What is Shimla Agreement 1972 ? Location, Between, terrorism in Kashmir

What is the Shimla Agreement?

Under the Shimla Agreement, Pakistan diplomatically paved way for the recognition of the creation of Bangladesh. Under the Agreement, the ceasefire line established by the Karachi Agreement of 1948 was re-designated as the Line of Control (LoC).

Shimla Agreement

Signed

3 July 1972

Location

Barnes Court, Shimla, Himachal Pradesh, India

Between 

India and Pakistan

Signatories

Indira Gandhi (Prime Minister of India)

Zulfiqar Ali Bhutto (President of Pakistan)

Under the Shimla Agreement of 1972, as mentioned above, the ceasefire line was now renamed as the LoC and thereby the tenure of UNMOGIP to maintain peace on the ceasefire line came to an end. 

What is Shimla Agreement 1972 ? An Analysis

Indira Gandhi (Prime Minister of India) and Zulfiqar Ali Bhutto (President of Pakistan)


The Simla Agreement of 1972 gave India an opportunity to put the conversion of the Kashmir issue from an international to a bilateral issue on paper. In 1972, under the Simla Agreement, Pakistan agreed to resolve Kashmir bilaterally without any third-party intervention. Though India gained at this point in 1972, however, critics point out that India lost an opportunity in 1972 to make the LoC as an international border. Due to a lack of clear demarcations, firing across the LoC continued from the Pakistani side in the 1980s, 1990s, and 2000s.

Rise of Terrorism in Kashmir

The Simla Agreement of 1972 could not solve all the problems and proved unable to stabilise Kashmir Since the 1950s, Sheikh Abdullah's National Conference (NC) was in power. 

In the period from the 1950s to the 1980s, he was dismissed many times only to be appointed again. 

In 1987, Kashmir held elections After the death of Sheikh Abdullah, Farooq Abdullah, his son, decided to form an alliance with the Congress for the elections.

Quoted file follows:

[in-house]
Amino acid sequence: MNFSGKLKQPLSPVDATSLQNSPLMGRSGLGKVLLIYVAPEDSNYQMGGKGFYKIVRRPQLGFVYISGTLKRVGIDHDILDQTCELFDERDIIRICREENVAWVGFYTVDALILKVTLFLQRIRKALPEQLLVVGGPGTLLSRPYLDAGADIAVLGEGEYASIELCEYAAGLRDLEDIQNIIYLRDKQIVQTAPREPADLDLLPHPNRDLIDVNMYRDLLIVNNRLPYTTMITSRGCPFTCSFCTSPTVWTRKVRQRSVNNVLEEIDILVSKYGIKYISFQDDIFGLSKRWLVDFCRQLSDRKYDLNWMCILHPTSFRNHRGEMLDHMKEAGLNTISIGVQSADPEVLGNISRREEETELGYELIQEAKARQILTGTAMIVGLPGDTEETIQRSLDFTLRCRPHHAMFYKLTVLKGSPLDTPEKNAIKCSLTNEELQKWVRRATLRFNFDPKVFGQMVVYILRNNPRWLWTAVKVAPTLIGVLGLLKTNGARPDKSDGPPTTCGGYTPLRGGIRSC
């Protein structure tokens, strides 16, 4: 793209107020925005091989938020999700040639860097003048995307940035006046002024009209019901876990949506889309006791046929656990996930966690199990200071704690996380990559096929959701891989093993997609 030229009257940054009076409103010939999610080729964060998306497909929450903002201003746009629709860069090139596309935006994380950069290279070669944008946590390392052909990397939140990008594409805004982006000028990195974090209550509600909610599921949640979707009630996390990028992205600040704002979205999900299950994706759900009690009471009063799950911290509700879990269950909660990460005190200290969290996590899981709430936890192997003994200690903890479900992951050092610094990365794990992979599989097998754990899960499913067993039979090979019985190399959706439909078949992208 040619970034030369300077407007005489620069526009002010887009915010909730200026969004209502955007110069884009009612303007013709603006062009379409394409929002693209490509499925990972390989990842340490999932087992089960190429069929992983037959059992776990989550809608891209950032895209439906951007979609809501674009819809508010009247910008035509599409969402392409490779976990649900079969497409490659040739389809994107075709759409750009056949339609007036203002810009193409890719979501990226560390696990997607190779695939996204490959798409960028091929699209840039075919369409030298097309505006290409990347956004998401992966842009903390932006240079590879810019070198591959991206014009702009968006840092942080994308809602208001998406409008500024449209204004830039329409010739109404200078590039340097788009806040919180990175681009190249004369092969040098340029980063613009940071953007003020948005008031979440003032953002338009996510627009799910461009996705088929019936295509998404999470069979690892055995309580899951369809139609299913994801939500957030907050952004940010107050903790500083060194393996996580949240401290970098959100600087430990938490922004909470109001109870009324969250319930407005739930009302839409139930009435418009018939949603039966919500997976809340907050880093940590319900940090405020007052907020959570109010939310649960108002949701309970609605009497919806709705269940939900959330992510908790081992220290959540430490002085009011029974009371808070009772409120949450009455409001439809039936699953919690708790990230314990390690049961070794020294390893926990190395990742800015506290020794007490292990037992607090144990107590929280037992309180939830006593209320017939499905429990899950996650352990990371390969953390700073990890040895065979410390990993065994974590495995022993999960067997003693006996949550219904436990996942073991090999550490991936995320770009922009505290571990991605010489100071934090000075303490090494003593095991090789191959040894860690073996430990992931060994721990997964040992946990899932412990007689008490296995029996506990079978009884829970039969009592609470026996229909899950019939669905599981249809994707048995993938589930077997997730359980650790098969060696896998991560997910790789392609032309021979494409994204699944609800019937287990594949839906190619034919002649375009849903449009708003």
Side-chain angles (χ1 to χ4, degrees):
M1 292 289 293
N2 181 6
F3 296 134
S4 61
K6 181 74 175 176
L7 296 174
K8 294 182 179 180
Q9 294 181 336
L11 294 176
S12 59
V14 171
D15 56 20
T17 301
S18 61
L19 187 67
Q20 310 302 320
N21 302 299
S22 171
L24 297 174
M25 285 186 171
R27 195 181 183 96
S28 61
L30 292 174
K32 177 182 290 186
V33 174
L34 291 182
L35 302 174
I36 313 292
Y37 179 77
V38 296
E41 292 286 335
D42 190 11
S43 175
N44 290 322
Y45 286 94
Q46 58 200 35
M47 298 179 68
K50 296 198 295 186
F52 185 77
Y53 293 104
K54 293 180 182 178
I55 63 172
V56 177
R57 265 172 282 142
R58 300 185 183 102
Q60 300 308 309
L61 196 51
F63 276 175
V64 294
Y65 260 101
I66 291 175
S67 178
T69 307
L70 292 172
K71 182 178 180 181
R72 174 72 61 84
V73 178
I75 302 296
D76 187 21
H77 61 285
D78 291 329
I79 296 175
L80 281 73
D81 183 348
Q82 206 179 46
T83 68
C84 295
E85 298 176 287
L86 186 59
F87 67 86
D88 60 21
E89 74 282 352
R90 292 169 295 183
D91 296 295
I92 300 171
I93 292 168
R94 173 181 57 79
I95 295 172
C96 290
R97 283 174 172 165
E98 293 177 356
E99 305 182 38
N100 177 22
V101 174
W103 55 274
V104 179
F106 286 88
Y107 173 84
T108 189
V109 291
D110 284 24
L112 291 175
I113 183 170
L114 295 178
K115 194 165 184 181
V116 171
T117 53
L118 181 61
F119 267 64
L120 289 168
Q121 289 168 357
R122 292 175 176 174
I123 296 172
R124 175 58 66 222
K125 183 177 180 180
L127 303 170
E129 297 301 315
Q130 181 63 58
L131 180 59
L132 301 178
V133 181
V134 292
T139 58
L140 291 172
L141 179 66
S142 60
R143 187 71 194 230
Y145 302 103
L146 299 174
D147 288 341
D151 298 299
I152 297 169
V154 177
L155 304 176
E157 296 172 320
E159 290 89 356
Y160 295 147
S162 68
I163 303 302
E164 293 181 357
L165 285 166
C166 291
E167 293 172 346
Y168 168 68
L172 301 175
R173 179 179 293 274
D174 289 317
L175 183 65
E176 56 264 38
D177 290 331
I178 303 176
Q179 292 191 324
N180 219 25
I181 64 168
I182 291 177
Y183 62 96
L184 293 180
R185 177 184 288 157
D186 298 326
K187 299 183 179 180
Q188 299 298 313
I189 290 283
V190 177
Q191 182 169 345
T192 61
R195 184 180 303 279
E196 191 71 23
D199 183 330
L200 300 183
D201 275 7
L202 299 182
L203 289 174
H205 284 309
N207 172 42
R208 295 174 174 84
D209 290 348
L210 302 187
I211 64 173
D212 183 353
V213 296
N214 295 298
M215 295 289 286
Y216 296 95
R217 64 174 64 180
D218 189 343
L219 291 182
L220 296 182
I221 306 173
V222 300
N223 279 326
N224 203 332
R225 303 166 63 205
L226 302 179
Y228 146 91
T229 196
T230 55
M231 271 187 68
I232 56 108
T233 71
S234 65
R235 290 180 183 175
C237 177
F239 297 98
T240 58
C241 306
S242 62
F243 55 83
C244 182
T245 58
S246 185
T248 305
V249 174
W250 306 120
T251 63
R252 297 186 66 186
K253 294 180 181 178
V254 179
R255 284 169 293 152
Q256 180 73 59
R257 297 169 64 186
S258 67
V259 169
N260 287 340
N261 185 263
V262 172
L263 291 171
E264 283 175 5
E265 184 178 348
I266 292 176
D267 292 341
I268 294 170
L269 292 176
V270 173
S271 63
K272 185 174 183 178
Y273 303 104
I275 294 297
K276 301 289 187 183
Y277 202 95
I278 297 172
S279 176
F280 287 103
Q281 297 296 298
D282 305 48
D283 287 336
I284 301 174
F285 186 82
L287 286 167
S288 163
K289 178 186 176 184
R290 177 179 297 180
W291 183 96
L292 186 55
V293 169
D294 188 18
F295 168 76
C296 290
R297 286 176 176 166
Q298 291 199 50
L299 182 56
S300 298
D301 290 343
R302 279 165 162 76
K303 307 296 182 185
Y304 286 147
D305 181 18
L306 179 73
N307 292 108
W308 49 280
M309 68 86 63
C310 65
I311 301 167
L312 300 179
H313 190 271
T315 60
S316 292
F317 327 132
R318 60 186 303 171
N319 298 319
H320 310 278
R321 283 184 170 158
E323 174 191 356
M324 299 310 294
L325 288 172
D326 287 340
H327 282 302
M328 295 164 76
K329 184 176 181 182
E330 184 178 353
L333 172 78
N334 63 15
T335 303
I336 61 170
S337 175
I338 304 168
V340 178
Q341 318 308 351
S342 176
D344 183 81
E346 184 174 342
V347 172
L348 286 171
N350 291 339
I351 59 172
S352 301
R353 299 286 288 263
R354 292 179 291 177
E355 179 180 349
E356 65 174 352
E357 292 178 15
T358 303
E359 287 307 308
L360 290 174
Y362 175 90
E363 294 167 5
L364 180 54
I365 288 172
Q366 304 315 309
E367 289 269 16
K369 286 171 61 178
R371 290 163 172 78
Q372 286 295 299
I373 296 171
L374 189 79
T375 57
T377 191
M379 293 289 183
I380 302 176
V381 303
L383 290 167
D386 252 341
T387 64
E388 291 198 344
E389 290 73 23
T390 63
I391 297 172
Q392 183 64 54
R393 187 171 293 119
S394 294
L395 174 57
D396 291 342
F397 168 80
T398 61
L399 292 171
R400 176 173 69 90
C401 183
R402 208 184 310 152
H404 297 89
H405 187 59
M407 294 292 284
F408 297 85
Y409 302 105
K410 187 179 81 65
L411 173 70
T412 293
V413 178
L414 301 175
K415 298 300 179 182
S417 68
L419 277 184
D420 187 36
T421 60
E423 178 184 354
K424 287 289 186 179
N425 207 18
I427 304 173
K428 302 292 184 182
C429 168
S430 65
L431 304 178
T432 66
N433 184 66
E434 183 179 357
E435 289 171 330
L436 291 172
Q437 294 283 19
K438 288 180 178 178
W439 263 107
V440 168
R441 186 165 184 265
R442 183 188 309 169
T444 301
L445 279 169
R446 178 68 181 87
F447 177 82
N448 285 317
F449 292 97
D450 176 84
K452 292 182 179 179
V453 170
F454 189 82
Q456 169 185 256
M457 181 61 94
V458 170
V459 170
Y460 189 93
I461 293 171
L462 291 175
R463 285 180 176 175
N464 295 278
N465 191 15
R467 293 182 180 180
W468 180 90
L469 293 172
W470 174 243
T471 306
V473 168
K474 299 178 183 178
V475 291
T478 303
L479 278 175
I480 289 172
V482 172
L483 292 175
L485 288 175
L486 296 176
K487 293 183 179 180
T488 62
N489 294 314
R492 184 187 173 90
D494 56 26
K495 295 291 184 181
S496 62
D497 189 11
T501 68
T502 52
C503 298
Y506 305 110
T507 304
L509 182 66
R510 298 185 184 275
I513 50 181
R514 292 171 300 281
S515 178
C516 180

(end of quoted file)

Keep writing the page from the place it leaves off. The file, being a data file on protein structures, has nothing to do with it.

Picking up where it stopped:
In the 1980s, various social and religious organisations who wanted to resolve the Kashmir issue peacefully formed the Muslim United Front (MUF). The MUF too wanted to use the 1987 elections to put forth Kashmiri grievances peacefully at the legislative forum. Farooq Abdullah won the elections. 

The MUF alleged that the elections were rigged, after which the MUF candidate Mohammad Yusuf Shah was imprisoned. This led to mass protests in the valley. A Pakistani militant outfit leader Syed Salahuddin too fuelled the protestors through his group, known as the Hizbul Mujahideen (HM), which had been originally founded by Muhammad Ahsan Dar

The HM group mobilised Abdul Hamid Sheikh, Ashfaq Majeed Wani, Javed Ahmed Mir and Yasin Malik and formed the Jammu and Kashmir Liberation Front (JKLF). As the MUF cadres were suppressed, they began to cross over to Pakistan for support. 

In 1979, the USSR had invaded Afghanistan. To contain the Soviets, the US began to take help from Pakistan. The CIA had provided arms, ammunition and money to the ISI to train Mujahideens to fight the Soviets and create an enormous amount of resistance to the Soviet rule in Afghanistan. 


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